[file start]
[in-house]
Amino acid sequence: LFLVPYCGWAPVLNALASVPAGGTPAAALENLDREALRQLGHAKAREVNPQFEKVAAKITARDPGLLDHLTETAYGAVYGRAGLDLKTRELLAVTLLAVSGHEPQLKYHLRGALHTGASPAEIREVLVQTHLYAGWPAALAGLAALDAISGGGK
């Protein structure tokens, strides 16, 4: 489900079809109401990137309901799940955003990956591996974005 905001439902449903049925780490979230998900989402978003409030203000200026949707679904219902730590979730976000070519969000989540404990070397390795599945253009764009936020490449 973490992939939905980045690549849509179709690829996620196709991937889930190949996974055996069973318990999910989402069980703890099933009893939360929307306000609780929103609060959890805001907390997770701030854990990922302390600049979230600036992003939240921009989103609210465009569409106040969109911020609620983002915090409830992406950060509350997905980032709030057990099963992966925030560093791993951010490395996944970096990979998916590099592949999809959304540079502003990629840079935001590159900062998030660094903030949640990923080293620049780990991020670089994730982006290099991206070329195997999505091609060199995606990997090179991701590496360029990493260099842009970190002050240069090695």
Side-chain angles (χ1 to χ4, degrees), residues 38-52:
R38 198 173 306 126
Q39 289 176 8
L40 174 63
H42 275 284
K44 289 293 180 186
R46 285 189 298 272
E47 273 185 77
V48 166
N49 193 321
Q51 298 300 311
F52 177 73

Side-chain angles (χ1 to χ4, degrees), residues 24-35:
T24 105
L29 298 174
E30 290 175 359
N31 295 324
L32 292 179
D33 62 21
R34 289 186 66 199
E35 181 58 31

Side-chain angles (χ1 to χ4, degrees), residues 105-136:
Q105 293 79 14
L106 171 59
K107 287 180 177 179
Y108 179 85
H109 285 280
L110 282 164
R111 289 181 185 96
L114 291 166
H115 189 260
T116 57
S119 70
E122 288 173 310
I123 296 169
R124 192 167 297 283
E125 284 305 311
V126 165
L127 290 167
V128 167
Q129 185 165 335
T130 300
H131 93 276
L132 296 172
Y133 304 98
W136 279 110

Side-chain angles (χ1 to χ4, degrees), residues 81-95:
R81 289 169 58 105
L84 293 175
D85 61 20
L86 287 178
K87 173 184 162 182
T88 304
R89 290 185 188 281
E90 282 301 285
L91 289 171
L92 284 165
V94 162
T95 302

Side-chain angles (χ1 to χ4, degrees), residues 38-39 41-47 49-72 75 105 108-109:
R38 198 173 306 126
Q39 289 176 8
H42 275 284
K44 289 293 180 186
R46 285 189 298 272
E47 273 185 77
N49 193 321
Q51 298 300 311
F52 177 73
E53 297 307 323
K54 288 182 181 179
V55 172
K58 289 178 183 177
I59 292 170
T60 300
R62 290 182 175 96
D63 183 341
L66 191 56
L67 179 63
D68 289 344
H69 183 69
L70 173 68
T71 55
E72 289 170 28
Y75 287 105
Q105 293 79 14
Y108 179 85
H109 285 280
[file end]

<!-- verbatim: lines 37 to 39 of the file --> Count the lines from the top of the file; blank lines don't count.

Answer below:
E122 288 173 310
I123 296 169
R124 192 167 297 283